Put Away the Poker Face

Have you ever worked with someone who always left you wondering, “I wonder what he’s thinking?”

Approachability is an essential leadership trait, and if your teammates can’t read you, they aren’t sure how to approach you. Some leaders use their stoicism as a guard, while others aren’t even aware that their subtle actions (or inactions) make their teammates think twice about approaching them.

Here are some examples of ways you might be keeping your colleagues from connecting with you:

Poker Face

I’ve talked about the dangers of showing every emotion and the occasional need to mask up. There is, however, an opposite extreme to the emotional roller coaster ride, and that’s a leader who reveals little to no emotion or passion about anything. When you don’t show any emotions or share your thoughts with your team, they’re left wondering what you think – about their work and about them. When leaders are stoic, they leave their followers in stand-still mode because they aren’t sure which direction to move.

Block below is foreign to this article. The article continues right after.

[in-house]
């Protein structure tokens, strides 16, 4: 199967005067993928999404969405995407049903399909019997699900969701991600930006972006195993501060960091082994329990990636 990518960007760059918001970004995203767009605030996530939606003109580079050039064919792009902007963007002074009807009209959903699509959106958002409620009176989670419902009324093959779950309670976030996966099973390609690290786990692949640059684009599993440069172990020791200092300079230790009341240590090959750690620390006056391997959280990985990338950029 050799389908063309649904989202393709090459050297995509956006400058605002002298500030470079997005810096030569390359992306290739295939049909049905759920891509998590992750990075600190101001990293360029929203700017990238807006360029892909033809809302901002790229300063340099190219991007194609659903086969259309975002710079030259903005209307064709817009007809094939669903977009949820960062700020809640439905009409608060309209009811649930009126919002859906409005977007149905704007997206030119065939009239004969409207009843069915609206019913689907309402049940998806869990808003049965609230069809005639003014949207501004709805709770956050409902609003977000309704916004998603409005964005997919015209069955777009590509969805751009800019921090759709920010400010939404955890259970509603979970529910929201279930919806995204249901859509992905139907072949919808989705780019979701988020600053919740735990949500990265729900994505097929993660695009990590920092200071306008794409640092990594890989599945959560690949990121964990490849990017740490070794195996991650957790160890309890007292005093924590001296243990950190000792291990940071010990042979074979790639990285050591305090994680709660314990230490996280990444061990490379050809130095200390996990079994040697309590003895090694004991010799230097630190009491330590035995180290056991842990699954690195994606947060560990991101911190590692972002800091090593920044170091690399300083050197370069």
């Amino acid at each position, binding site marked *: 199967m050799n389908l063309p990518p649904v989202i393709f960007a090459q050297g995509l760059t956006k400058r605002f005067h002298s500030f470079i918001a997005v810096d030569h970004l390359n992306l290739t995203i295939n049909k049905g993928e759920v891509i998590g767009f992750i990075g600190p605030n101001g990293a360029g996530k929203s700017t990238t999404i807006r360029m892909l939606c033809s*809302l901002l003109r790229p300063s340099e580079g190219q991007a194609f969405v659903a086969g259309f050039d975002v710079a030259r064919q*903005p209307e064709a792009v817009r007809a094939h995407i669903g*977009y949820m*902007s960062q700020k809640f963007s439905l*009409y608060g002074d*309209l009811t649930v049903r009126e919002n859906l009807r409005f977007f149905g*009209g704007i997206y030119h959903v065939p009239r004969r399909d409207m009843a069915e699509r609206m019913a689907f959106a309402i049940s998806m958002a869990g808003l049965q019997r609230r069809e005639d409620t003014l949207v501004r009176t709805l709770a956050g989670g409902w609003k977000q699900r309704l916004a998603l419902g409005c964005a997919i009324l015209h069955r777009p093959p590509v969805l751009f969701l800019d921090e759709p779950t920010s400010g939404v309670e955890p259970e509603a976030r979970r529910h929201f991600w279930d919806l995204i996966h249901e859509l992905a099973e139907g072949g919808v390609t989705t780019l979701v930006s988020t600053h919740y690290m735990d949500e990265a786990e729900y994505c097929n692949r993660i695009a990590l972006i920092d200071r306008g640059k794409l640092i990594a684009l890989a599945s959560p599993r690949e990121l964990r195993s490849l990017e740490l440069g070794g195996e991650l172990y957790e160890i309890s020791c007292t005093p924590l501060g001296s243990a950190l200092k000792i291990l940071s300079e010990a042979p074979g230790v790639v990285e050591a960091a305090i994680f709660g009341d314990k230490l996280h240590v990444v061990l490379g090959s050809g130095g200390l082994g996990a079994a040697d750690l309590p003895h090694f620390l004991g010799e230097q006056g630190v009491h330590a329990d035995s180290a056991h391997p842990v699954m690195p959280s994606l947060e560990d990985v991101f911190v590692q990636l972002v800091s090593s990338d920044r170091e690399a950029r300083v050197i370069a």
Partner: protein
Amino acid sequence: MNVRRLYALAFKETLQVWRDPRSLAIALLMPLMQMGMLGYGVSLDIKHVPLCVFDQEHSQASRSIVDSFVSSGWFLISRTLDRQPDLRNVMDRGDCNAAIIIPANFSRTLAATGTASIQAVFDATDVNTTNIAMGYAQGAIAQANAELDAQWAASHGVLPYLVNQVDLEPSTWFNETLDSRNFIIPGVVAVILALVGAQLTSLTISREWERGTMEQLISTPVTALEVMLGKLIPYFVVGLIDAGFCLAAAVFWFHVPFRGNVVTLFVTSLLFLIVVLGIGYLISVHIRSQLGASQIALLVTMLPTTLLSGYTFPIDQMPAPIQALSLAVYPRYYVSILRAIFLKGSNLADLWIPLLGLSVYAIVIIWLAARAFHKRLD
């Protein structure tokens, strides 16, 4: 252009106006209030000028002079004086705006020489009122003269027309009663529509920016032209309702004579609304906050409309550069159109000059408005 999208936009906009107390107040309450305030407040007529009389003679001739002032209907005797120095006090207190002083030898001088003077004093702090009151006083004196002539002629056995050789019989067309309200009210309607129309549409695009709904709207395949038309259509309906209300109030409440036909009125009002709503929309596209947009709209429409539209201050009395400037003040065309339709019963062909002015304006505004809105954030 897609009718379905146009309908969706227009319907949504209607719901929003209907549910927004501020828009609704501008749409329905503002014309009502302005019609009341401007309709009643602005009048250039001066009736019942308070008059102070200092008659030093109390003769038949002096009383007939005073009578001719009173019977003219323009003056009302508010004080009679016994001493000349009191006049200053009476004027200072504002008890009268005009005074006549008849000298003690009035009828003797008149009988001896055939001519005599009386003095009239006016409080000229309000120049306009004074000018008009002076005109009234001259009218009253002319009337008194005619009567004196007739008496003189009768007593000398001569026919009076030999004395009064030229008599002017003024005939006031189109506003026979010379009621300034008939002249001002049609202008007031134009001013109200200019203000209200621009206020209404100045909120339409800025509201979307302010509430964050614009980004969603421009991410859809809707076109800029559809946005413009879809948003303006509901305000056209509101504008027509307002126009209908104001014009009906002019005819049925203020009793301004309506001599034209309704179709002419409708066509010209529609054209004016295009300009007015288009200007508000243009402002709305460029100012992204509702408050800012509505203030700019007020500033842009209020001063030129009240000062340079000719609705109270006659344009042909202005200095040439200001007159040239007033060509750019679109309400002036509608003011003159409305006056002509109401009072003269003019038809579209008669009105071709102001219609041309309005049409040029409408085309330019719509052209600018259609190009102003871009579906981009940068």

Reluctance to Connect

I’ve heard the philosophy of some leaders that they come to work to do just that – work. They don’t need to waste precious production time befriending their teammates. And while I understand that pragmatic perspective (we don’t have to be friends with all of our teammates, and personal drama – in most cases – should be checked at the office door), if you don’t connect with the person, you’ll never lead beyond your title. That is to say that your people will never follow you for who you are; they’ll only follow you because of the authority granted to you by your position.

Hesitance to Commit

Sometimes new leaders fall into this trap: they don’t want to make the wrong decision, so they resist committing. They are wishy washy in their guidance and vague in their opinions. Their employees seek them for direction, and they walk away without any clarity. Non-committal leaders frustrate their followers and cause top leaders to question the individual’s commitment to the organization.

While we might think that our stoicism and lack of commitment provides a safeguard, it’s really just a false sense of security. Leaders are better off being a bit too emotional, too caring, or too passionate in their stance than playing it too safe and always leaving their teammates guessing as to where they stand.

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